May 7, 2014 - Issue: Vol. 160, No. 68 — Daily Edition113th Congress (2013 - 2014) - 2nd Session
RECOGNIZING MARRINER S. ECCLES; Congressional Record Vol. 160, No. 68
(Senate - May 07, 2014)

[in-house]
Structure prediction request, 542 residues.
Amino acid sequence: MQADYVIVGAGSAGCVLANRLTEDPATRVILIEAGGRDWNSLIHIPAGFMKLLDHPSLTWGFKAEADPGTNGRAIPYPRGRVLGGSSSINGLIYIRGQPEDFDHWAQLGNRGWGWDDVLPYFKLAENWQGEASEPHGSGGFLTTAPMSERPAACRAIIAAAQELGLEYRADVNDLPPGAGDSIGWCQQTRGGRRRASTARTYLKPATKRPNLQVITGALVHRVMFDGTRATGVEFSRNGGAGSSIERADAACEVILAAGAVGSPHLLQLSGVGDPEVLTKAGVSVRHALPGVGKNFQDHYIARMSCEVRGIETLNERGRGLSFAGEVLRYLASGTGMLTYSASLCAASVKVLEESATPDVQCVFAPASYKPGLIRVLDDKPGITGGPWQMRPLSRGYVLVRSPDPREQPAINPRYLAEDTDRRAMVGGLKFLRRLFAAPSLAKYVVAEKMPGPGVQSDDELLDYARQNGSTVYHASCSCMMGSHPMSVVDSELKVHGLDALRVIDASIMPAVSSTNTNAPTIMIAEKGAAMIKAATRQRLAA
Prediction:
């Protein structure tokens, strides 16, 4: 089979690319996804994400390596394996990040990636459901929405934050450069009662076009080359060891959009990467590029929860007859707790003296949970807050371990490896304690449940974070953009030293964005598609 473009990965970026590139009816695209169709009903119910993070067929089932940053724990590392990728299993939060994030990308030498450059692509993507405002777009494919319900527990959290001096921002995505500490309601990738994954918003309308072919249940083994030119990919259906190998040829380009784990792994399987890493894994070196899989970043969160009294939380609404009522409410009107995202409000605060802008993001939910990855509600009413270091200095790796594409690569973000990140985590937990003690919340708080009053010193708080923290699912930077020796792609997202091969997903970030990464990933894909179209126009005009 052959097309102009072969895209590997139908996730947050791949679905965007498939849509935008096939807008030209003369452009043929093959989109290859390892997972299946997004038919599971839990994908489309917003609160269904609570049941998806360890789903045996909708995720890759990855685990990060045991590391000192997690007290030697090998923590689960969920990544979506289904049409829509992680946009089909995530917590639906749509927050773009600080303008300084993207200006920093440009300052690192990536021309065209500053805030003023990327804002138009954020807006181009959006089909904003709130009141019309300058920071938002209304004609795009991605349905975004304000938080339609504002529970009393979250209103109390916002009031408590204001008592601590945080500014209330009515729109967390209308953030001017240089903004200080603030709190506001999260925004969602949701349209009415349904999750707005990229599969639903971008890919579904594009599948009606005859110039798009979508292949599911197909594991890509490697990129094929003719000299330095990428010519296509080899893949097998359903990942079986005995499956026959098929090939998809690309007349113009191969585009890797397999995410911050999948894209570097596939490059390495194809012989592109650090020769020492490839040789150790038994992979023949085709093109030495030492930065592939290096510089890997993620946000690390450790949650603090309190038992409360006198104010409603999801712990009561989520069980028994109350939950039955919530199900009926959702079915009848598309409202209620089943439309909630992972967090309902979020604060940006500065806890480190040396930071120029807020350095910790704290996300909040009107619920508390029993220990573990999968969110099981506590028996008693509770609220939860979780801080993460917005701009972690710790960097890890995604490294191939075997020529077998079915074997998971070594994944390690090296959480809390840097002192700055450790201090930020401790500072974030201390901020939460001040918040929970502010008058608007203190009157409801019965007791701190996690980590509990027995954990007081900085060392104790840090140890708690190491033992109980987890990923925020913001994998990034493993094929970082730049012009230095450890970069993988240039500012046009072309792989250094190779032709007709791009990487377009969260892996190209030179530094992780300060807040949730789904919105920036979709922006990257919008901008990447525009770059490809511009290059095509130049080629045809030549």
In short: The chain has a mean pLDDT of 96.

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[Page S2787] From the Congressional Record Online through the Government Publishing Office [www.gpo.gov] RECOGNIZING MARRINER S. ECCLES Mr. HATCH. Over time, many Utahns have been honored for their contributions to our country, and perhaps no one contributed more to our Nation's economic success at such a critical time than Marriner S. Eccles. I am honored to stand with the Eccles family this week as the Federal Reserve unveils a statue of Marriner Eccles in the atrium of the Marriner S. Eccles Building of the Federal Reserve Board in Washington, DC. Marriner Stoddard Eccles was born in Logan, UT, on September 9, 1890, the oldest of nine children. Following the death of his father, who had become a leading industrialist with numerous enterprises, Marriner, at the young age of 22, took over the leadership of his father's businesses that were left to his mother, Ellen Eccles, and Marriner and his siblings. Previously, Marriner had worked in several of his father's businesses, had served a mission for the Church of Jesus Christ of Latter Day Saints, LDS, in Scotland and had attended Brigham Young College in Logan. A superb business analyst and bold administrator, he reorganized and consolidated his father's industrial conglomerate and banking network. Eccles, along with his brother George, joined with the Browning family in Ogden, UT, to form the Eccles-Browning Affiliated Banks, believed to be the first multibank holding company in the United States. With the onset of the Great Depression of the 1930s, banks around the country faced customers rushing to withdraw their deposits. The Eccles- Browning Affiliated Banks withstood several bank runs, and in the process, Eccles began to understand the need for a compensatory fiscal and monetary policy. In July of 1933, Eccles was one of the experts summoned by the Senate Finance Committee to travel to Washington to counsel Congress on the profound economic turmoil that was occurring across the country. Eccles delivered 38 pages of testimony, including a distinct 5-point plan for fixing the economy. ``We must correct the causes of the depression rather than deal with the effects of it!'' became one of the most quoted lines from Eccles' dramatic testimony. His five-point plan included unemployment relief through direct aid to the States, a bank deposit guarantee program, canceling the World War I Allies' war debt, implementing a national minimum wage, and establishing a national economic planning board. Eccles made his points clearly enough that the Roosevelt administration invited Eccles to join as an Assistant Treasury Secretary. Even when asked by President Franklin Delano Roosevelt to become a Governor of the Federal Reserve Board, Eccles stood strong and replied he would ``not unless fundamental changes [were] made in the (Federal Reserve).'' Eccles' involvement with policymaking did not stop there. He became involved with the Emergency Banking Act of 1933, the Federal Housing Act of 1934, and the 1933 law creating the Federal Deposit Insurance Corporation. With FDR's blessing, Eccles rewrote the 1935 Federal Reserve Act and became the first Chairman of the reorganized Federal Reserve Board, serving from 1936 to 1948. In February 1944, Roosevelt appointed Eccles to another 14-year term and Eccles stayed on the Board until 1951, when he resigned, marking a total of 17 years of service. Eccles' talents combined with the policies he supported helped counter the recession crisis of 1937-1938, which in turn helped build America's economic strength prior to the attack on Pearl Harbor and World War II. Many at the time considered Marriner Eccles' policies to be radical, but there is little doubt that his influence at the Federal Reserve continues to benefit our country today. It is my honor to stand with the Eccles family this week and unveil yet another tribute to this remarkable Utahn we are so proud of. ____________________